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In my keynote for Staging Sustainability 2014, I was asked to define “sustainability.” “The implicit meaning of the term refers to its opposite,” I told the group. “We fear having damaged ecosystems so much that life on Earth will soon be unsustainable, so sustainability names our search for whatever can heal that damage and allow us to carry on.” But I have some problems with the word’s way of setting the bar too low, of putting a supreme value on continuation.

David Buckland of the Cape Farewell Foundation (which I wrote about in my previous blog) said that he preferred “resilience” and so do I, because it encompasses the thing we must now all do, learning from loss. But Adrienne Goehler, a impressive fellow speaker at the conference, wants to rescue “sustainability” from the various forms of abuse and dilution to which the term has been subjected. She understands it as “continuous renewal.” And I’m down with that, understanding that the process of renewal entails leaving behind whatever no longer serves our capacity to thrive as we carry whatever supports our well-being into the future.

In Conceptual Thoughts on Establishing a Fund for Aesthetics and Sustainability, published by the Heinrich Boll Stiftung and downloadable from their site, Adrienne preferences her mission this way:

Sustainability has remained an abstract term that does not connect to the interactions between different participants, and it has not managed to free itself from the psychological resistance to prohibition, asceticism, and morality. The term does not have any positive connotations, at least not yet.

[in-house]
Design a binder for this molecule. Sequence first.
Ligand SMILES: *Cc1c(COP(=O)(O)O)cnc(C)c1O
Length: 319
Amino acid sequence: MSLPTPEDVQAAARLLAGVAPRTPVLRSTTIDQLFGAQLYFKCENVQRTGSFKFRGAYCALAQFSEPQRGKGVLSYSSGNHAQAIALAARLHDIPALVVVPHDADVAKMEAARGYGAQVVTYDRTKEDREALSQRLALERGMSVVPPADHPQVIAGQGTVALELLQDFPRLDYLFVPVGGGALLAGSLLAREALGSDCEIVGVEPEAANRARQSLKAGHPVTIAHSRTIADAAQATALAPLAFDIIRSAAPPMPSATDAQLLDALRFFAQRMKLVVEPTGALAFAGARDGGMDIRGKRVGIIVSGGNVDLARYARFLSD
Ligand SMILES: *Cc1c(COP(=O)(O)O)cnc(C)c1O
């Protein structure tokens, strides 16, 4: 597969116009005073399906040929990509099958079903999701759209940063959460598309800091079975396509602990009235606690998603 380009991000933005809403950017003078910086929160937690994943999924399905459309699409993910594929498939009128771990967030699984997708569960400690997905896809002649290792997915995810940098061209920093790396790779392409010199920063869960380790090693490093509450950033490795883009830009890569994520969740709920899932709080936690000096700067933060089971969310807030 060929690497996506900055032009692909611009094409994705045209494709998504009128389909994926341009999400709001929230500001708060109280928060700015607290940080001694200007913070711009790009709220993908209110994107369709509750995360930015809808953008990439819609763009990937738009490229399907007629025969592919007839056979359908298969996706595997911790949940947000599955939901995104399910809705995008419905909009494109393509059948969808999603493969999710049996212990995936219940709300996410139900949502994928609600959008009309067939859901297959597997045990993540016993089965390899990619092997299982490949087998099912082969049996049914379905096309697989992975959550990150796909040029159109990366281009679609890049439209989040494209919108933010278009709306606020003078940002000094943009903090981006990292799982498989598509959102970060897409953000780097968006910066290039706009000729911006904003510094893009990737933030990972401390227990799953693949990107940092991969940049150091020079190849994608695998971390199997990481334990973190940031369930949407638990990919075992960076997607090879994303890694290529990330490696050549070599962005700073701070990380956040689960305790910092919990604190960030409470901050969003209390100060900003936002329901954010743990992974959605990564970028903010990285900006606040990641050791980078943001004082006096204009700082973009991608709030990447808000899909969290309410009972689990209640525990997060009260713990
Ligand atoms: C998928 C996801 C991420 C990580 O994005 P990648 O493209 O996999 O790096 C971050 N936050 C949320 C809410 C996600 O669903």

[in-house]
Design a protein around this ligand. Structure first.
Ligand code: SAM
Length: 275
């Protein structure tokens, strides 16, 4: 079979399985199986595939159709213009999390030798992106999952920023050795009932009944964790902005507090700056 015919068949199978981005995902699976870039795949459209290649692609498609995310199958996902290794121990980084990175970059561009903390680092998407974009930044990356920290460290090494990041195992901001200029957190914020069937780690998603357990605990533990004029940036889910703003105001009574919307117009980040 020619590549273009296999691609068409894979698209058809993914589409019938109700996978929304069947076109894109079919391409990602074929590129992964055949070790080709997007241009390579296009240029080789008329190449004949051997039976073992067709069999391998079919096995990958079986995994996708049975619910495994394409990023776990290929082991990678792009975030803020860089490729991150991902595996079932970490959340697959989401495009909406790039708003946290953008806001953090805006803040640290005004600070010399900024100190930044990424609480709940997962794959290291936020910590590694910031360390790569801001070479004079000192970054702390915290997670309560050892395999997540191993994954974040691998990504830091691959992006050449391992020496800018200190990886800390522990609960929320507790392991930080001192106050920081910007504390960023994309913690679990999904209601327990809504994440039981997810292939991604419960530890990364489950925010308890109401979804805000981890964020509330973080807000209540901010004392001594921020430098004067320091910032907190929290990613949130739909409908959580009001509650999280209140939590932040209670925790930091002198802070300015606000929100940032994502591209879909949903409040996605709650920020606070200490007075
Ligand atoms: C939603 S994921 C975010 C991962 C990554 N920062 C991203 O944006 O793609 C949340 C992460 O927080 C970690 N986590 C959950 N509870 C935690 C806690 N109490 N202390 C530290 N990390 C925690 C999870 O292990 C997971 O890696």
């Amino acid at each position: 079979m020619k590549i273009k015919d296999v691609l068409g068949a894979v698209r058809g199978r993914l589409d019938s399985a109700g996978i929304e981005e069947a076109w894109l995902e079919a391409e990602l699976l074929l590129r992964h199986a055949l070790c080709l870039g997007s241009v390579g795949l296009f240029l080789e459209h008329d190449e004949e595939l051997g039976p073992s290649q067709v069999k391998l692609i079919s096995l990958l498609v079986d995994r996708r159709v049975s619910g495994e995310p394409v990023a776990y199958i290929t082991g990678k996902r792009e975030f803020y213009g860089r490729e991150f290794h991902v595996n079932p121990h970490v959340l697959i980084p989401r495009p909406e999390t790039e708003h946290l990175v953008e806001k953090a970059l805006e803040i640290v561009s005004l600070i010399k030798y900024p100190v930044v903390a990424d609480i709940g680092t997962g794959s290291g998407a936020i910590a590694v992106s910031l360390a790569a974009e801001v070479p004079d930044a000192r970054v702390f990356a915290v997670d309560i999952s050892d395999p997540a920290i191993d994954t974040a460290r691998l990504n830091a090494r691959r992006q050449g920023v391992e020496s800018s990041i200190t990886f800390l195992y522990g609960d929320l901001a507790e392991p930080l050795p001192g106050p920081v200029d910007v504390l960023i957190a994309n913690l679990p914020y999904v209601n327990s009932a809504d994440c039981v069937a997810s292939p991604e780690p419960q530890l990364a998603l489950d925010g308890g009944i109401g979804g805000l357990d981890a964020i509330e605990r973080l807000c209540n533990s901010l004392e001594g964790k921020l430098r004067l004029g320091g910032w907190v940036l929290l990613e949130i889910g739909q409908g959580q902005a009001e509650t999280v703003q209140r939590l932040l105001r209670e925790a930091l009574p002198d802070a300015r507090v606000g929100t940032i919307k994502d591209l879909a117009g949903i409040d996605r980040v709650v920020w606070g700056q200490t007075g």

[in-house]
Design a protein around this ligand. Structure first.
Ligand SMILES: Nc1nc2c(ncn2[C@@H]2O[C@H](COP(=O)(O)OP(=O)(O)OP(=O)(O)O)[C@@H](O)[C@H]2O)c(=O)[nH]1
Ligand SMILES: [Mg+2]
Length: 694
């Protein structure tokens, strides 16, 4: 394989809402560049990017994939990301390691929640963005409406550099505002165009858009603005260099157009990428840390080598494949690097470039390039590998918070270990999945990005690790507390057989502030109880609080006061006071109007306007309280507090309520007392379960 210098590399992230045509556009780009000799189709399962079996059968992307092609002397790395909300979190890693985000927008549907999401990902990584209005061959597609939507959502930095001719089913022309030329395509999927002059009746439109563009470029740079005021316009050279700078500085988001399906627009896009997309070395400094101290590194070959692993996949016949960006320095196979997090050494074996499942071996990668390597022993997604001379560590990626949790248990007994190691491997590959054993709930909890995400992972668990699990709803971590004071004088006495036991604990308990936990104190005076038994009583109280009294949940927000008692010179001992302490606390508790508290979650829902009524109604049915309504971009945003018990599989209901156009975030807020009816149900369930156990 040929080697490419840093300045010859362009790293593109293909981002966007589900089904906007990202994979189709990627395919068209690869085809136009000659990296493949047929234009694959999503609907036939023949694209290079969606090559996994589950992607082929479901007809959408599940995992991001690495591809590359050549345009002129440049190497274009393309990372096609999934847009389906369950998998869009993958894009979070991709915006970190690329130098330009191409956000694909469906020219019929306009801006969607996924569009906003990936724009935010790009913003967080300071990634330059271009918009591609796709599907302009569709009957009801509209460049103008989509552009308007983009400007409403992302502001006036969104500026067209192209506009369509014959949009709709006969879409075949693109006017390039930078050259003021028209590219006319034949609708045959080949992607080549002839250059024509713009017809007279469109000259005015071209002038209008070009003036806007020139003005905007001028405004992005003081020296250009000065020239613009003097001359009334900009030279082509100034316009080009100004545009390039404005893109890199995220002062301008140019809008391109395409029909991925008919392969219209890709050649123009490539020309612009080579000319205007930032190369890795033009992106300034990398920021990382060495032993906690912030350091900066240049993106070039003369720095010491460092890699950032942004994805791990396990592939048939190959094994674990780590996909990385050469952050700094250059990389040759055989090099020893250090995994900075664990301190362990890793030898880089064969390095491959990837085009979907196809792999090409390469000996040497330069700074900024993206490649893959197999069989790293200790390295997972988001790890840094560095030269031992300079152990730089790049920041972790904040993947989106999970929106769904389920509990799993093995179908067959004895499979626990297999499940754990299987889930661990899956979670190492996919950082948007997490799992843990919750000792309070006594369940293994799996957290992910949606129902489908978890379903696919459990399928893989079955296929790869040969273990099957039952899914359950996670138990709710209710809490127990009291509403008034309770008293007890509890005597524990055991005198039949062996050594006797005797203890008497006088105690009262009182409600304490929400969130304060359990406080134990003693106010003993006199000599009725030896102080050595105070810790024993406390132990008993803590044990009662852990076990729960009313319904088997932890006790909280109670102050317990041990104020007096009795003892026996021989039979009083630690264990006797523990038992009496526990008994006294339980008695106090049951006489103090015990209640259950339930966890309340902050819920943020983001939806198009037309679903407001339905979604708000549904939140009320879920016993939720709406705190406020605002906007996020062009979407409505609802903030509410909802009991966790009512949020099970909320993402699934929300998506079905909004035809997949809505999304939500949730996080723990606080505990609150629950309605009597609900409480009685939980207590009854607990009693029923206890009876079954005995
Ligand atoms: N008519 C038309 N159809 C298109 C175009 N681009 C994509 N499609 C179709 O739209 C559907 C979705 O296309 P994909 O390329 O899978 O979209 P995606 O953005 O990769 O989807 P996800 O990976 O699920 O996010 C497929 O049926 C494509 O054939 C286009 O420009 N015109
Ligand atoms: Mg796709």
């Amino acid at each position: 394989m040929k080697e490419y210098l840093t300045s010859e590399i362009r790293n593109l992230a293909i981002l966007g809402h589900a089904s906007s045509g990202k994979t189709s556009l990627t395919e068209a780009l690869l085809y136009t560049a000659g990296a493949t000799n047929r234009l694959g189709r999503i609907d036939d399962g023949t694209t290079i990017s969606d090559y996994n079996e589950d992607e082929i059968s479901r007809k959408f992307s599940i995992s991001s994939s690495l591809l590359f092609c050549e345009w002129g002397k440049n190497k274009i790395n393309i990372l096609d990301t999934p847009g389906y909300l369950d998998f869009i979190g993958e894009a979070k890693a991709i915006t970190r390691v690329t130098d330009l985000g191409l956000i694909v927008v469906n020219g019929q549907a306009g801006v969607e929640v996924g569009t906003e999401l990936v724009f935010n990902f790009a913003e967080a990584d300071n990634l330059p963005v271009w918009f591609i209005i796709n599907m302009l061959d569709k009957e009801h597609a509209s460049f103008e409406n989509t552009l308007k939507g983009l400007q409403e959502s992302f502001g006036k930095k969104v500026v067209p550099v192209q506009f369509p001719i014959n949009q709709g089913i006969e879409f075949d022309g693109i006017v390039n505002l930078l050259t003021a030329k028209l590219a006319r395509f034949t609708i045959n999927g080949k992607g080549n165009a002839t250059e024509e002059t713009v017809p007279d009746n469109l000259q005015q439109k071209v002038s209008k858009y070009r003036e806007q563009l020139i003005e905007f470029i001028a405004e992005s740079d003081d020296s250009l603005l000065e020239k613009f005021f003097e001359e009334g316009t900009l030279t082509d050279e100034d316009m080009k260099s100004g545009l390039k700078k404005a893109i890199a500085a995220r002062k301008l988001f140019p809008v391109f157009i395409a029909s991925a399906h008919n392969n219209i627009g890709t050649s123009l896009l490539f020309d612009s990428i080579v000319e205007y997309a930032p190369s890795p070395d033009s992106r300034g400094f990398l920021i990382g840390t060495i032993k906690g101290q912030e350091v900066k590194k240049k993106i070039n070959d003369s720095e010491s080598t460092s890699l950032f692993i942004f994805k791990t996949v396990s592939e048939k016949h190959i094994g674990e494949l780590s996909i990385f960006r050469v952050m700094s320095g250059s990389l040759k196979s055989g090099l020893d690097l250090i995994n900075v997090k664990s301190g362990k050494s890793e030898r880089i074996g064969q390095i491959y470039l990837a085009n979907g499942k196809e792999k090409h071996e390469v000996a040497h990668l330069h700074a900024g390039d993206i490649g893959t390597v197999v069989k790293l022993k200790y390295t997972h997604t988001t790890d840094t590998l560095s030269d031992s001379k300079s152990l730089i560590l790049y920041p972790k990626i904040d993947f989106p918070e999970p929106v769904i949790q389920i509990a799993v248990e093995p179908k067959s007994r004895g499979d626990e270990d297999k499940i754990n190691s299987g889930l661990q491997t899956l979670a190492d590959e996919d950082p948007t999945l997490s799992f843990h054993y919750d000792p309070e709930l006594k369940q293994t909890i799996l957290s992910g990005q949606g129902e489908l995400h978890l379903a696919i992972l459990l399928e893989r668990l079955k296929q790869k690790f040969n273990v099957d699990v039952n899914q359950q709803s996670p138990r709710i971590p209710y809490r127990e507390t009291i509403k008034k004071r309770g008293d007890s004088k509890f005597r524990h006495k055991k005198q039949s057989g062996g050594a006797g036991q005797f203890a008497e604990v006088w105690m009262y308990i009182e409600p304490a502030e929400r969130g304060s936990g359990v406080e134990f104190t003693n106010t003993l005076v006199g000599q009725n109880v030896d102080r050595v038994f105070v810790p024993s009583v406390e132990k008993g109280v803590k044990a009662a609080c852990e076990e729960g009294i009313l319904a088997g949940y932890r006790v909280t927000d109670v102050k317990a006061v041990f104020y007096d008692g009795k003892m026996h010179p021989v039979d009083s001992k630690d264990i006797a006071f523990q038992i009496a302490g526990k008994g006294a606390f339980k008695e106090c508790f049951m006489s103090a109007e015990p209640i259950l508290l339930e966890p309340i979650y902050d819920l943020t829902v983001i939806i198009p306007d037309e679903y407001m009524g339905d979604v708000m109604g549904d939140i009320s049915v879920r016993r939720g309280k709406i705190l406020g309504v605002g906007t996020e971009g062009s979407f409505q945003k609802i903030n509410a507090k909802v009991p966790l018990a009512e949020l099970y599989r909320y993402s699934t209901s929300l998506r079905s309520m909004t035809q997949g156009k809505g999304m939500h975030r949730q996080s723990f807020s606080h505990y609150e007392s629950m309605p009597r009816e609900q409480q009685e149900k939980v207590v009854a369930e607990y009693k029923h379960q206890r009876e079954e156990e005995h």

She and I use different language (and I don’t just mean German and English), but we see much the same emergent reality in which culture is the matrix for all social creativity, and the skills and habits of inquiry characteristic of artists must be much more widely distributed to equip us to face the challenges ahead. Adrienne defines “aesthetics” as “the participation of all senses in feeling, perceiving, and fashioning the world,” and calls for an end to the separation between aesthetics and sustainability, arguing (much as I do with respect to the US in my two most recent books that

Sustainability needs new forms of learning. Aesthetic education means sensitive, perceptive, creative education, which, in the words of Hannah Arendt, culminates in creative action. This enables children and young people to do what will be demanded of them in the future: generate a creative approach to a loss of traditional structures that includes finding and inventing new life and work activities. We claim that neither experts nor schools currently meet that demand.

Pick a country or a continent: you won’t find much evidence to refute that claim. Funders in the US and elsewhere should find this document as instructive and inspiring as the German and other European audiences it addresses: go ahead and share!